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Create a Data Driven Quiz App in Ionic 2 & 3 – Part 1

Originally published December 01, 2016 Time 11 mins

In recent tutorials, I have been walking through how to build a custom Flash Card component in Ionic 2, including a video which goes a little more in-depth.

I didn’t want to stop there, the flash card is a super cool looking component and has a lot of practical purposes, so I wanted to put it to use in more of a real-world scenario. This is what I created:

Ionic 2 Quiz App

It’s a quiz application for kids, which makes use of the flash card component to display the correct answer for the questions. In this tutorial, we are going to walk through how to build it. Here’s what we will cover:

  • How to use @Input to provide configuration to a custom component
  • How to create a quiz style interface
  • How to import data from a JSON file to use in the application

Before We Get Started

Last updated for Ionic 3.2.1

Before you go through this tutorial, you should have at least a basic understanding of Ionic 2 concepts. You must also already have Ionic 2 set up on your machine.

If you’re not familiar with Ionic 2 already, I’d recommend reading my Ionic 2 Beginners Guide first to get up and running and understand the basic concepts. If you want a much more detailed guide for learning Ionic 2, then take a look at Building Mobile Apps with Ionic 2.

1. Generate a new Ionic 2 Project

Let’s start by creating a new Ionic 2 project. You can do that by running the following command:

ionic start ionic2-kids-quiz blank --v2

Once that has finished generating, you should make it your working directory by running the following command:

cd ionic2-kids-quiz

Now we are going to generate a few things that our application will need. We are going to need to generate the component for the flash card, as well as a provider for the data that we want to pull into the application.

Run the following commands:

ionic g component FlashCard
ionic g provider Data

After generating those, we will also need to set them up in our module file.

Modify src/app/app.module.ts to reflect the following:

import { BrowserModule } from '@angular/platform-browser';
import { NgModule, ErrorHandler } from '@angular/core';
import { HttpModule } from '@angular/http';
import { IonicApp, IonicModule, IonicErrorHandler } from 'ionic-angular';
import { SplashScreen } from '@ionic-native/splash-screen';
import { StatusBar } from '@ionic-native/status-bar';

import { MyApp } from './app.component';
import { HomePage } from '../pages/home/home';
import { FlashCardComponent } from '../components/flash-card/flash-card';
import { Data } from '../providers/data';

  declarations: [MyApp, HomePage, FlashCardComponent],
  imports: [BrowserModule, HttpModule, IonicModule.forRoot(MyApp)],
  bootstrap: [IonicApp],
  entryComponents: [MyApp, HomePage],
  providers: [
    { provide: ErrorHandler, useClass: IonicErrorHandler },
export class AppModule {}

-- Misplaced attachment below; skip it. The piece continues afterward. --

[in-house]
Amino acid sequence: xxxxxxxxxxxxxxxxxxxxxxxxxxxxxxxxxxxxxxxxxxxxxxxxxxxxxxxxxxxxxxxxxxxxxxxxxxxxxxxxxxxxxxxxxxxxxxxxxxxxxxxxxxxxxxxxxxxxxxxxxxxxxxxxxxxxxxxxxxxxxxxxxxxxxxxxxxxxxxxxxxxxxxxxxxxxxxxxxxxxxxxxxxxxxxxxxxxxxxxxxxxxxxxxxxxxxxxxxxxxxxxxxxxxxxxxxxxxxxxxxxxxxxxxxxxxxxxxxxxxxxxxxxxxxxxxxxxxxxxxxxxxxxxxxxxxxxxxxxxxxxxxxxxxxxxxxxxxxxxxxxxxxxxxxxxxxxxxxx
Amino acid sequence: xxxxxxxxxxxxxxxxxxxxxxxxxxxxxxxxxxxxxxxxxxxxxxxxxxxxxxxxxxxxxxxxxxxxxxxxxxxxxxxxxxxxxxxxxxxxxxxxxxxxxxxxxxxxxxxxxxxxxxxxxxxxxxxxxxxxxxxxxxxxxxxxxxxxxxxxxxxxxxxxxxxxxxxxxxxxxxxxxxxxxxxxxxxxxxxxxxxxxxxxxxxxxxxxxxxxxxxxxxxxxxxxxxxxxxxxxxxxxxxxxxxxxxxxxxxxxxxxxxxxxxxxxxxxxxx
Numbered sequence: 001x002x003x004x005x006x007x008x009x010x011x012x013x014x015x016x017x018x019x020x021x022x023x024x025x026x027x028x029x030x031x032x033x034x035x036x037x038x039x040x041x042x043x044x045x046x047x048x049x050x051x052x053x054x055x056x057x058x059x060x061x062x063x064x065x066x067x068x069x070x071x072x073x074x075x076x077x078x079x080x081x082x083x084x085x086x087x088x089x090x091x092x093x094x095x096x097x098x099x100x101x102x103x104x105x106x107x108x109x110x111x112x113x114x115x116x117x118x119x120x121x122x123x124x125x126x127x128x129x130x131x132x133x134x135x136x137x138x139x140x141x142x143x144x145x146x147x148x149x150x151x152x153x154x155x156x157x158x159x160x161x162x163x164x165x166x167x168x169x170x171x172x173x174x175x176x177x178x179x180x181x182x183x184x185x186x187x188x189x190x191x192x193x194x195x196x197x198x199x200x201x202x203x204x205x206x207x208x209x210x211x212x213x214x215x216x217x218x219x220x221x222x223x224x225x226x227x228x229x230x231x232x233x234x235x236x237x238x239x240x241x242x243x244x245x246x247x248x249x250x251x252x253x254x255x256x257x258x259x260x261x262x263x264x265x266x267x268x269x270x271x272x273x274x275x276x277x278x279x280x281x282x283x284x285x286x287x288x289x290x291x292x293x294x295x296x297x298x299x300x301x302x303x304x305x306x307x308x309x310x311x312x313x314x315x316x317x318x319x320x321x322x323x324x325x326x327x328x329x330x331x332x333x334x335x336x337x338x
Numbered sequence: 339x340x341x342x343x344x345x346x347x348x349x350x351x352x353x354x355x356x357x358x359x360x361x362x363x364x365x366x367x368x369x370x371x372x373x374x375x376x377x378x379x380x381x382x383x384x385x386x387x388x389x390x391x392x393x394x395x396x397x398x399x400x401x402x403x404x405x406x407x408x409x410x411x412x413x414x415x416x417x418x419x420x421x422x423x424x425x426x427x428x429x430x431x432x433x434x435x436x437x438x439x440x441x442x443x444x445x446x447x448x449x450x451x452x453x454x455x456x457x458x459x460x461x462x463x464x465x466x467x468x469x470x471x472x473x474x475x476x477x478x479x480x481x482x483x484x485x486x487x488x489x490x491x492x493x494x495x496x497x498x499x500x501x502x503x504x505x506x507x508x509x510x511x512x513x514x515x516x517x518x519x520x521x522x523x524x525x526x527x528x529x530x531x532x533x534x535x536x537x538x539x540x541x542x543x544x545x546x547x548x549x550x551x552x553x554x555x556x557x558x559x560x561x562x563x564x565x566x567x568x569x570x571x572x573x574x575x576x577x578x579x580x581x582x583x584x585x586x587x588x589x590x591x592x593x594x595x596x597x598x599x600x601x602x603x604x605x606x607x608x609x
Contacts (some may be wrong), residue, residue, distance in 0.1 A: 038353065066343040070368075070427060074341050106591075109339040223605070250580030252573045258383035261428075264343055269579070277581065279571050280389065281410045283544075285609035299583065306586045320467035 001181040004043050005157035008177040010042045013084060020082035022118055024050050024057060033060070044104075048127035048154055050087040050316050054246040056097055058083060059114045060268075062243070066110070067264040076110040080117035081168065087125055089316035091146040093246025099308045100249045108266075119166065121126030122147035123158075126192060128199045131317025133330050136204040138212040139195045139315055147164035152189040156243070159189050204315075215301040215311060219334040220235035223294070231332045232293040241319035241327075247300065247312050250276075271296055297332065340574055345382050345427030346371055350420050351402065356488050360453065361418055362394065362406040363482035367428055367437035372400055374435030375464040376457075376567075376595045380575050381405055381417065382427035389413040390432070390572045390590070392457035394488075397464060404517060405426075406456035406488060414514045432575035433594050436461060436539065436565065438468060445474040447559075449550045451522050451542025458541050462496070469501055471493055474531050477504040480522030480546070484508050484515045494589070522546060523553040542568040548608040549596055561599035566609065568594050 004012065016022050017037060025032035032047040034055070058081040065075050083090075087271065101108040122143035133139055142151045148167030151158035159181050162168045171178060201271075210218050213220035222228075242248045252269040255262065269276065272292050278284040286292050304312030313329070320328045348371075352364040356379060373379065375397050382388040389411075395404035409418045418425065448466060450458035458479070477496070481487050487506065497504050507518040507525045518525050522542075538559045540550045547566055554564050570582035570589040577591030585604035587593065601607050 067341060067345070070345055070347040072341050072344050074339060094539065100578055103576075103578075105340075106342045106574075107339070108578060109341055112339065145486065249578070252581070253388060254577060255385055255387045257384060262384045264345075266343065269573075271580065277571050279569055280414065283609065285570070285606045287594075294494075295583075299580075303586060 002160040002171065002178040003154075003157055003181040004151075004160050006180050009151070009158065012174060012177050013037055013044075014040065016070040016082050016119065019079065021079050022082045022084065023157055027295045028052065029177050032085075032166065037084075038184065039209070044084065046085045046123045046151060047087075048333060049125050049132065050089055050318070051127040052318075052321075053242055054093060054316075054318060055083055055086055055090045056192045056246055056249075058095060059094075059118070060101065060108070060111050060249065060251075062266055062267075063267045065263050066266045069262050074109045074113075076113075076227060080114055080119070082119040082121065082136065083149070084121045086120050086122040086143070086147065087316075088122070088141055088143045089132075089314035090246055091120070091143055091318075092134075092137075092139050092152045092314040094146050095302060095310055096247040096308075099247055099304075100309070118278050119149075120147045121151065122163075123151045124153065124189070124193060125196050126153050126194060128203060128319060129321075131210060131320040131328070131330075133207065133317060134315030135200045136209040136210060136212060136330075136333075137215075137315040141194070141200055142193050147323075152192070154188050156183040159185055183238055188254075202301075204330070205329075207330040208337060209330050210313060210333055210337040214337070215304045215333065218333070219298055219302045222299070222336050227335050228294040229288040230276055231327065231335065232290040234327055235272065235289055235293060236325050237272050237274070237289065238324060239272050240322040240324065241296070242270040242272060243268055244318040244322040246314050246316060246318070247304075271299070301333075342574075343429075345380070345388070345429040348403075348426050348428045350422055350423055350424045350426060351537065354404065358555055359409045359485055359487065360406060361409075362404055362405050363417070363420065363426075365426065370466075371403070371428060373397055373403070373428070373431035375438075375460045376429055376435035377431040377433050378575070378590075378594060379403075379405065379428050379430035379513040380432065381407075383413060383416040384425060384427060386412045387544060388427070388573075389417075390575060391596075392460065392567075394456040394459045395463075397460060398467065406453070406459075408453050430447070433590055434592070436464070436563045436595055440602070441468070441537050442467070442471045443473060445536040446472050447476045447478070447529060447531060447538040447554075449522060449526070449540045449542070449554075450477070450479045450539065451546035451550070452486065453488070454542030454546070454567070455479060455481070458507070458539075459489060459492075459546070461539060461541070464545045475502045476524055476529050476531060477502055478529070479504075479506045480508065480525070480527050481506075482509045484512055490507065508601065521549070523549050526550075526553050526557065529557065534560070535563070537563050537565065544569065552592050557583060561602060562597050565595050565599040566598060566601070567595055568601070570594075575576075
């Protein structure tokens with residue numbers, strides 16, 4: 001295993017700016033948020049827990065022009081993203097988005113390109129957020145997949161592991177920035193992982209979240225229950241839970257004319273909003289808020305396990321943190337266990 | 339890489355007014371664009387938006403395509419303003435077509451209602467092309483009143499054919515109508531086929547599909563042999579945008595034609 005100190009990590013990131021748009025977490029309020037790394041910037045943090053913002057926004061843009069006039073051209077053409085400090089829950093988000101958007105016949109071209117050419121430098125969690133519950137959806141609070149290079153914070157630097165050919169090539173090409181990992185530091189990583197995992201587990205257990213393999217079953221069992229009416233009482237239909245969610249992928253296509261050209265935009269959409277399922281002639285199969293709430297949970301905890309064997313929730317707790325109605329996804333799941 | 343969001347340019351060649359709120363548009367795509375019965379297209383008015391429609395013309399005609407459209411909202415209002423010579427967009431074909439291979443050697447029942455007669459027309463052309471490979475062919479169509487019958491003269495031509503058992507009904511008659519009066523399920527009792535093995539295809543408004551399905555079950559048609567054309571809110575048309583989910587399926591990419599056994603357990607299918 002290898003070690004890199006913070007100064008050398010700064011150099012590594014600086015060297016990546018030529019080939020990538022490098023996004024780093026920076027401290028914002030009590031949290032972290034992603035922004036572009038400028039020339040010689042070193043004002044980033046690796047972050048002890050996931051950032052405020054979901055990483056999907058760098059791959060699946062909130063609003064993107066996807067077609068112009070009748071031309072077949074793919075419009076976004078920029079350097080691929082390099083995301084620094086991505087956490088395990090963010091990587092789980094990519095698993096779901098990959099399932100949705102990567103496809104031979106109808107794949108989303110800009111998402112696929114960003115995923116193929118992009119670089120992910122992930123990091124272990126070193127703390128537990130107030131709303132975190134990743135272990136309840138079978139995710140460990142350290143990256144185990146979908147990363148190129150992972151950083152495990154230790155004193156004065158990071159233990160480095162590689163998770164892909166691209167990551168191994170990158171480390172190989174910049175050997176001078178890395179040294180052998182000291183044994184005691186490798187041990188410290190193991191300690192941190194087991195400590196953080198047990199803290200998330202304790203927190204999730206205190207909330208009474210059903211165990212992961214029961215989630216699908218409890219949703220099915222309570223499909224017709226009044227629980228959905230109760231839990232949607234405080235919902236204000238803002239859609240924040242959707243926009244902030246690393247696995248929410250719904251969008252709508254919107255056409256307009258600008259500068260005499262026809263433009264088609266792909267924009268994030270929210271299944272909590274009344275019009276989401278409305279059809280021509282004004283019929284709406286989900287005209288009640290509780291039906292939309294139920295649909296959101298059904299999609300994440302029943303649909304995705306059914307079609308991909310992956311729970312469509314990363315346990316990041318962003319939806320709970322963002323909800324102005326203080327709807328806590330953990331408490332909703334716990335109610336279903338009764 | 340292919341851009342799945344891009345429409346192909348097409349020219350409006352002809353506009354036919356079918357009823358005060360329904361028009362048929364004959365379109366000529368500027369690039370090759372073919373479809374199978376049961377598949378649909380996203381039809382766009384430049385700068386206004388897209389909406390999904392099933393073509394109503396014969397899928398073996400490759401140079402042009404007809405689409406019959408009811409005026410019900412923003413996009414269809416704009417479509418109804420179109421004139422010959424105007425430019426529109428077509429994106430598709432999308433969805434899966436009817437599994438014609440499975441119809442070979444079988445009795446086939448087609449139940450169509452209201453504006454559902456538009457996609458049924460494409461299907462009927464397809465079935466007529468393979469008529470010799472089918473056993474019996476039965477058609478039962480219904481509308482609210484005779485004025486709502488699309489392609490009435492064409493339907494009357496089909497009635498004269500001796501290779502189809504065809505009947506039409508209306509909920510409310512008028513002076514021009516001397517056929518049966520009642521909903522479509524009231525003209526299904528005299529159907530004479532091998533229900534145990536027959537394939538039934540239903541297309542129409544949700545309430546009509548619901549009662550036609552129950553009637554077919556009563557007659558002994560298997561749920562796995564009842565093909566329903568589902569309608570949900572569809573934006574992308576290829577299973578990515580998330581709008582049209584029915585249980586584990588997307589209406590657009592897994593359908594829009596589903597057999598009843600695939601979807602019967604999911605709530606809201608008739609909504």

We are also going to be making use of some images for the flash cards in this tutorial. If you would like to use the same ones as me you can just grab the source code for this tutorial by signing up below. If you prefer, you can just as easily use your own images, use a simple http://placehold.it/200 placeholder image, or even just use text instead of an image.

If you are using images, make sure they are placed in the assets/images folder. You will need to manually create the images folder.

2. Create the Flash Card Component

If you’ve read or watched the Flash Card component tutorial, then you would already have some idea of how this component works.

The component that we use in this tutorial will be mostly the same, but, there will be some minor changes. In the tutorials above, the flash card component flips based on when the user clicks the component. We don’t want that to happen in this case, we want to be able to programatically control when the card flips (i.e. when the user selects an answer).

We’re going to need to make some minor changes to achieve this. I’m going to post the code for the component first, and then we will discuss what is different. I’m going to skip over most of the technical details because I already covered those in the previous tutorials.

NOTE: I mentioned this in the other tutorial, but I want to make sure you know that the CSS animation for this component was created by David Walsh. You should definitely go check his blog out.

Modify src/components/flash-card.scss to reflect the following:

.md {
  flash-card {
         *  Flip animation by David Walsh: https://davidwalsh.name/css-flip

    /* entire container, keeps perspective */
    .flip-container {
      perspective: 1000px;

    /* flip the pane when hovered */
    .flip-container.flipped .flipper {
      transform: rotateY(180deg);

    .back {
      width: 90vw;
      height: 40vh;
      margin: 20px auto;

    /* flip speed goes here */
    .flipper {
      transition: 0.6s;
      transform-style: preserve-3d;

      position: relative;

    /* hide back of pane during swap */
    .back {
      display: flex;
      align-items: center;
      justify-content: center;
      background-color: #ecf0f1;
      backface-visibility: hidden;
      -webkit-box-shadow: 0px 8px 4px -4px rgba(163, 163, 163, 0.25);
      -moz-box-shadow: 0px 8px 4px -4px rgba(163, 163, 163, 0.25);
      box-shadow: 0px 8px 4px -4px rgba(163, 163, 163, 0.25);
      border: 1px solid #dee2e3;
      margin: 0;
      position: absolute;
      top: 0;
      left: 0;

    /* front pane, placed above back */
    .front {
      z-index: 2;
      /* for firefox 31 */
      transform: rotateY(0deg);